The result is a workout with higher intensity than you would be able to achieve riding outside in a group or on your own. In other words, it’s the stuff that will set you apart from other riders without the same ability to provide a constant power output for lengthy periods of time.
Another obvious benefit of these higher-intensity indoor workouts is that the same or (most likely) greater training stimulus can be achieved in a shorter time. Several studies have shown that shorter high-intensity workouts can yield significant results for endurance athletes in terms of building stamina and endurance, but also in reducing the risk of injury or ongoing fatigue. See here for an interesting case study on how high-intensity training can help endurance athletes, including the optimal ratio of high to low intensity training.
2. Use progressive training to build strength and stamina
When it comes to cycling training, any coach will tell you that your training program needs to be progressive. That is, if you want to get better, you need to add layers to your ability and challenge your body with different workouts every week.
This can sometimes be difficult if you’re cycling on the same route week after week or you don’t have enough varied terrain in your local area to train different aspects of cycling, such as hill climbing or flat road racing.
In an indoor training session you can control the exact intensity of your workout, but also aspects like the number and length of sprint or climb intervals as well as the overall workout length. In other words, you’re in total control and able to plan every workout down to the detail, making that progression much more achievable.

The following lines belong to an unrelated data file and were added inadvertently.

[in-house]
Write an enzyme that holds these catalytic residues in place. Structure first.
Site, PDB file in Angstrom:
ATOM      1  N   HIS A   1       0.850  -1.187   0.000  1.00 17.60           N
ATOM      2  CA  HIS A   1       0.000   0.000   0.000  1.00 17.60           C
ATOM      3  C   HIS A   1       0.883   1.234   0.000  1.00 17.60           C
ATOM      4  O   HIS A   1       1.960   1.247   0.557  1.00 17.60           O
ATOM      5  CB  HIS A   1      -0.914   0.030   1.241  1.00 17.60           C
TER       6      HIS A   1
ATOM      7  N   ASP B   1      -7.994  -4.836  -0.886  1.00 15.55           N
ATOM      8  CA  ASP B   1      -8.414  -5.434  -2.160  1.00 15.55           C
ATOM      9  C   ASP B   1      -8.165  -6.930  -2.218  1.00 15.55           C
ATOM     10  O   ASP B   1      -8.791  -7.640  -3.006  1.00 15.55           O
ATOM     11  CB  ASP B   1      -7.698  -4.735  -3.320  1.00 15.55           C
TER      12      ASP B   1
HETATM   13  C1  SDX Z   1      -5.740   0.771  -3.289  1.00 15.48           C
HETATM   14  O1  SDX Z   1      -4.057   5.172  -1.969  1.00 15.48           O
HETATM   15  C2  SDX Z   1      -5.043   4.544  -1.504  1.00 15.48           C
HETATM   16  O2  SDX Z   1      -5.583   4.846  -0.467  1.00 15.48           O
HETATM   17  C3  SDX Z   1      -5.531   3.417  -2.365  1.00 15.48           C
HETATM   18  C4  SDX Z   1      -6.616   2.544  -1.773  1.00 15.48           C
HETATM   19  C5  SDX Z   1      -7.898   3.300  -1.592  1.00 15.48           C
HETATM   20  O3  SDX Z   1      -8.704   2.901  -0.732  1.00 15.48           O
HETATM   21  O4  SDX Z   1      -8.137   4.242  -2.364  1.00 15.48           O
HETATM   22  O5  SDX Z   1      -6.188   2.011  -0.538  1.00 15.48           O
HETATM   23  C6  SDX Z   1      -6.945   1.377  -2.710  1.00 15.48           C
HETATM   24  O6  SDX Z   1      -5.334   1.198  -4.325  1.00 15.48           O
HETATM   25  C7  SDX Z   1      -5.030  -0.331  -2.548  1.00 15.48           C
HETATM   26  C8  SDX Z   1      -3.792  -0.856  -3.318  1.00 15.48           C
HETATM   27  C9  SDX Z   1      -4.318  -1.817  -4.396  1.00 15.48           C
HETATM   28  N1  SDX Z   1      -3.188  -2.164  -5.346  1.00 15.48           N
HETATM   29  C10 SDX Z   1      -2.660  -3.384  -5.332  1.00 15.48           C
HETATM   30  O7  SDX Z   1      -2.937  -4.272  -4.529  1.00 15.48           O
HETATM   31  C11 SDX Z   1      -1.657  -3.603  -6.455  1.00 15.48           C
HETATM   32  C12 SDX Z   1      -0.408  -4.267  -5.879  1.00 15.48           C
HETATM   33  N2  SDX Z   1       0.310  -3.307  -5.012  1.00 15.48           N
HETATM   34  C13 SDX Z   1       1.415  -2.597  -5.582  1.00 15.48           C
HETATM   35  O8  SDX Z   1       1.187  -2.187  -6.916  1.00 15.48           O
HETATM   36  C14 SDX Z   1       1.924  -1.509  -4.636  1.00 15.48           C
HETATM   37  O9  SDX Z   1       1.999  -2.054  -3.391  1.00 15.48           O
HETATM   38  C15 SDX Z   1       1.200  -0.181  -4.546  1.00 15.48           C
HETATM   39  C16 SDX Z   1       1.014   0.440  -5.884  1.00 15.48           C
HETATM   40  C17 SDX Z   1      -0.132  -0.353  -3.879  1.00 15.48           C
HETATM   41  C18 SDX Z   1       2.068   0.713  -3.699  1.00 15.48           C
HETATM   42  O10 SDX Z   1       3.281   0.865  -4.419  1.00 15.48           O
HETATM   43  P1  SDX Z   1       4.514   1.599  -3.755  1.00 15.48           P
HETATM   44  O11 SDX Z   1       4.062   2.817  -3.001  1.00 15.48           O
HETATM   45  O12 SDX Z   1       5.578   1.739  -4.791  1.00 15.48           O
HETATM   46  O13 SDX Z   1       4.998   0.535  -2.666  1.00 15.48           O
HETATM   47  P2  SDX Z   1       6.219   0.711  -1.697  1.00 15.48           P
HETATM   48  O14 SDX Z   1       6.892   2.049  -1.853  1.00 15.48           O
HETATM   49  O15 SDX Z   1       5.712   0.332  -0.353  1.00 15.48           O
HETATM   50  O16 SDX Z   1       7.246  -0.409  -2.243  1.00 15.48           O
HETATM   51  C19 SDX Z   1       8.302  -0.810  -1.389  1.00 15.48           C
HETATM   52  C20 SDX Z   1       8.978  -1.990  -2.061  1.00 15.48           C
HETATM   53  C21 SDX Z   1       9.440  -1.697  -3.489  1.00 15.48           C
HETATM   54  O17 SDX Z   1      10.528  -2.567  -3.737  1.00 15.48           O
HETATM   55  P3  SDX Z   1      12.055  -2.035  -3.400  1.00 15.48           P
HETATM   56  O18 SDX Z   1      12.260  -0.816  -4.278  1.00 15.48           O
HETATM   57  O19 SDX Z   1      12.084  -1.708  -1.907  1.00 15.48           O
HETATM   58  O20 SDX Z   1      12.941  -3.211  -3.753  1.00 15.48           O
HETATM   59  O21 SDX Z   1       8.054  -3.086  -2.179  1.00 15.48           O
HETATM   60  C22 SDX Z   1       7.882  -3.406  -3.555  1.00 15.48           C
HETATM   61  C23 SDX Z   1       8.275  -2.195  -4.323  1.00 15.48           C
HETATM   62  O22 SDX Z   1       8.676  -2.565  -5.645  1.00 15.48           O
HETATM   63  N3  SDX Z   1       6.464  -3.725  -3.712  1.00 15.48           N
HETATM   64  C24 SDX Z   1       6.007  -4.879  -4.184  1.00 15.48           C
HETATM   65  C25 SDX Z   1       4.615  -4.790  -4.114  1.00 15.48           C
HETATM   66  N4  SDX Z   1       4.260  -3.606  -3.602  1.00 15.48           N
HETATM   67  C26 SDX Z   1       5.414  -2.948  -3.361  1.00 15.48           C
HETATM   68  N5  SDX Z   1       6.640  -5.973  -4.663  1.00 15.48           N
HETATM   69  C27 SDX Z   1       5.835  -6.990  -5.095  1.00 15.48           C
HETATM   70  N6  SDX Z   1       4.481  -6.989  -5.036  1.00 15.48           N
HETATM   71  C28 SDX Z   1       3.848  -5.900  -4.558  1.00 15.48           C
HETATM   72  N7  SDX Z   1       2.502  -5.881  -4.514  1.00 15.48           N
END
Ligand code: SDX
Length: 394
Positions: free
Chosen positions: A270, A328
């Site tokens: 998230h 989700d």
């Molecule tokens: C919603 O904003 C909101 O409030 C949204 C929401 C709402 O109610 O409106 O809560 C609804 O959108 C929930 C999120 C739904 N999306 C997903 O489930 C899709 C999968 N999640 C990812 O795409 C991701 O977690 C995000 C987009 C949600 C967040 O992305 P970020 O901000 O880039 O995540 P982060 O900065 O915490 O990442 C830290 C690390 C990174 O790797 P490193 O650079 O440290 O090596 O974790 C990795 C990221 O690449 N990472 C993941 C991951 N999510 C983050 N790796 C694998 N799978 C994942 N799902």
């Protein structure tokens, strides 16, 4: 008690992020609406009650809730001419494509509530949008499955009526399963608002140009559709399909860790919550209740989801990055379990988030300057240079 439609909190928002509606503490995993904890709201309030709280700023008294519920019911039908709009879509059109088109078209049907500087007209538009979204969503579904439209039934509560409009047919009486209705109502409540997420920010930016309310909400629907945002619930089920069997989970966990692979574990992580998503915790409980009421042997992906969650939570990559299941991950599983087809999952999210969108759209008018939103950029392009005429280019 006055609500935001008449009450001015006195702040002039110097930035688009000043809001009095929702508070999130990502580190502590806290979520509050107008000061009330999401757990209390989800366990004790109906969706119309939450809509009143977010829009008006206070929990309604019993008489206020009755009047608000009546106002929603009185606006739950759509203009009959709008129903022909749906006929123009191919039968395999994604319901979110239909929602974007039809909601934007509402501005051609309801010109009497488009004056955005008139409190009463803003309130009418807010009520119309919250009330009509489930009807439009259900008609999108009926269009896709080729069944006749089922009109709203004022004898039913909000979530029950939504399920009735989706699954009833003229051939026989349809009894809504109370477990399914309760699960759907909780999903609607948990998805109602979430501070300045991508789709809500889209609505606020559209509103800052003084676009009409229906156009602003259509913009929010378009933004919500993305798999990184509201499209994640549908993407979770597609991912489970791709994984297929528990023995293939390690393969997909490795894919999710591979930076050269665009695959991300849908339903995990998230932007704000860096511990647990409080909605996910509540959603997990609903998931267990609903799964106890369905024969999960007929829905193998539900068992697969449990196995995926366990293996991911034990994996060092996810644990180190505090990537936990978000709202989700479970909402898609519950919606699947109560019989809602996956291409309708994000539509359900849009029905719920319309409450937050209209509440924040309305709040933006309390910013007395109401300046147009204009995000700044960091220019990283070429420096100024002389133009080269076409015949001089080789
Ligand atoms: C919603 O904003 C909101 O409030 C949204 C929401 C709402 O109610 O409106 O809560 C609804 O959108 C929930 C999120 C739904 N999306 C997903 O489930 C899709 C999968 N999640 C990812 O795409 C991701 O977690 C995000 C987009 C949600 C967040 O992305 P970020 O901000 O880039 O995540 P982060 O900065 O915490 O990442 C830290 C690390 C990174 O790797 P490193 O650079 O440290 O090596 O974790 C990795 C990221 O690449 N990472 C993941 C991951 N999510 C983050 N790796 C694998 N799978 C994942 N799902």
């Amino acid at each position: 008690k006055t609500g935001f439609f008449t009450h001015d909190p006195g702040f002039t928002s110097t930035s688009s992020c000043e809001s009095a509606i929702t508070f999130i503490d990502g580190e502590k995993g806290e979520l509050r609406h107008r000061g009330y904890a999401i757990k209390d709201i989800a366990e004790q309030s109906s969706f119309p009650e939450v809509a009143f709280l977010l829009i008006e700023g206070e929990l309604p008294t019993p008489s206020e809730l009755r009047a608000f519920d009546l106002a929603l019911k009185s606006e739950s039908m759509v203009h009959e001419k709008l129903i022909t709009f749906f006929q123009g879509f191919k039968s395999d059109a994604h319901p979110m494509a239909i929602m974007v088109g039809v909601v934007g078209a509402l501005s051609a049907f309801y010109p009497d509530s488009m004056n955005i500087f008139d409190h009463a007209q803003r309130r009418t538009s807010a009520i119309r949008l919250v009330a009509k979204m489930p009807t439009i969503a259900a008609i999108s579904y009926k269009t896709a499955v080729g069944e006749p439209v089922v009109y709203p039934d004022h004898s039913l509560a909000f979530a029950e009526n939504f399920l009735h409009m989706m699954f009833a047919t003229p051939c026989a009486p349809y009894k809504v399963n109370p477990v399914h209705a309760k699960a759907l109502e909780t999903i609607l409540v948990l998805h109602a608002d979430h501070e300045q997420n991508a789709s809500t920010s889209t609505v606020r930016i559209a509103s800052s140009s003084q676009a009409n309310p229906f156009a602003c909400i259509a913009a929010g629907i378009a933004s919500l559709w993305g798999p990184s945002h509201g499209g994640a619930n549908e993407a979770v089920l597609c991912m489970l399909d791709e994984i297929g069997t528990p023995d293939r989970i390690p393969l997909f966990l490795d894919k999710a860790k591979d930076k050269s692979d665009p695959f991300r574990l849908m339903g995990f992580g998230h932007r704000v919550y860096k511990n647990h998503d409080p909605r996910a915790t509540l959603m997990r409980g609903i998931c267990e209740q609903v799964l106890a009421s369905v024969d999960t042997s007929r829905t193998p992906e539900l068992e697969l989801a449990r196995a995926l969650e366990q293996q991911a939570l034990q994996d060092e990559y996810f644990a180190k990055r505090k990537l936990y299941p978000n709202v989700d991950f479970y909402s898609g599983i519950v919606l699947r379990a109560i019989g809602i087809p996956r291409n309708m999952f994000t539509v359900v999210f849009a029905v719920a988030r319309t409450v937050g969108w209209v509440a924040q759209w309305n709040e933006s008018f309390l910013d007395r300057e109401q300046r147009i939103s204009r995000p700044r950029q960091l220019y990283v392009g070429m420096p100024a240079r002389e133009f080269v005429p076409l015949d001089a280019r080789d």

3. Get your workout done – rain, hail or shine
Let’s face it: the best workouts are the ones that actually happen. Even the most motivated person in the world will have days where they just feel like staying in bed or on the couch rather than going outside for a bike ride. If the weather is inclement, the motivation to get off your backside can fall to near zero.
Sometimes we do manage to drag ourselves out of our lazy state, but in the end our workout is mediocre because the motivation is missing on the day.
Indoor cycling can solve both these challenges! Obviously, the weather is no excuse when you’re indoors and that drive to push yourself to new limits can quickly return when the music is pumping and your instructor is giving you motivation to go harder.
If you’re using an indoor trainer linked to an onscreen cycling program you can easily find other cyclists to race against. Goodbye low energy, hello stronger and fitter body!
The benefits of indoor cycling for outdoor cyclists are obvious and many, which is why most triathlon and cycling coaches will incorporate a level of indoor cycling into any training program, whether it be spin classes or workouts on indoor smart trainers.
Jonas Christensen loves anything cycling and has been riding bikes for longer than he can remember. These days, he writes about cycling for the News and Opinion section at Bike Chaser, a marketplace for buying and selling bicycle products.